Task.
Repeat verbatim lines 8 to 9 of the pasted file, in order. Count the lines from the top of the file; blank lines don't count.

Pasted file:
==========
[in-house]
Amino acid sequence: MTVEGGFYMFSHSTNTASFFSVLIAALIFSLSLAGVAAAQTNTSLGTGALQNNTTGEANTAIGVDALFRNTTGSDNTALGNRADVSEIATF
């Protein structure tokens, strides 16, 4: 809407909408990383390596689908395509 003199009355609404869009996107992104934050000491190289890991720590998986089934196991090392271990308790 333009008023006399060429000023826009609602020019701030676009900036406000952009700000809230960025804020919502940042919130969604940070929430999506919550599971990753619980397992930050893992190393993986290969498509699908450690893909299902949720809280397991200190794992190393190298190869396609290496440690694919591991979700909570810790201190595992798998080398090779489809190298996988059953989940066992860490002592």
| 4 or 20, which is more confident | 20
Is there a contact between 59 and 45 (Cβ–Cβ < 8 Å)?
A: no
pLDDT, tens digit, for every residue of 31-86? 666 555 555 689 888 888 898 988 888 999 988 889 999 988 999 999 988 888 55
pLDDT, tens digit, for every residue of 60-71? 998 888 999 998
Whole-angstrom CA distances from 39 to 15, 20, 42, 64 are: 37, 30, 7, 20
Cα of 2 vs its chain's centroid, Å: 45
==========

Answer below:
pLDDT, tens digit, for every residue of 60-71? 998 888 999 998
Whole-angstrom CA distances from 39 to 15, 20, 42, 64 are: 37, 30, 7, 20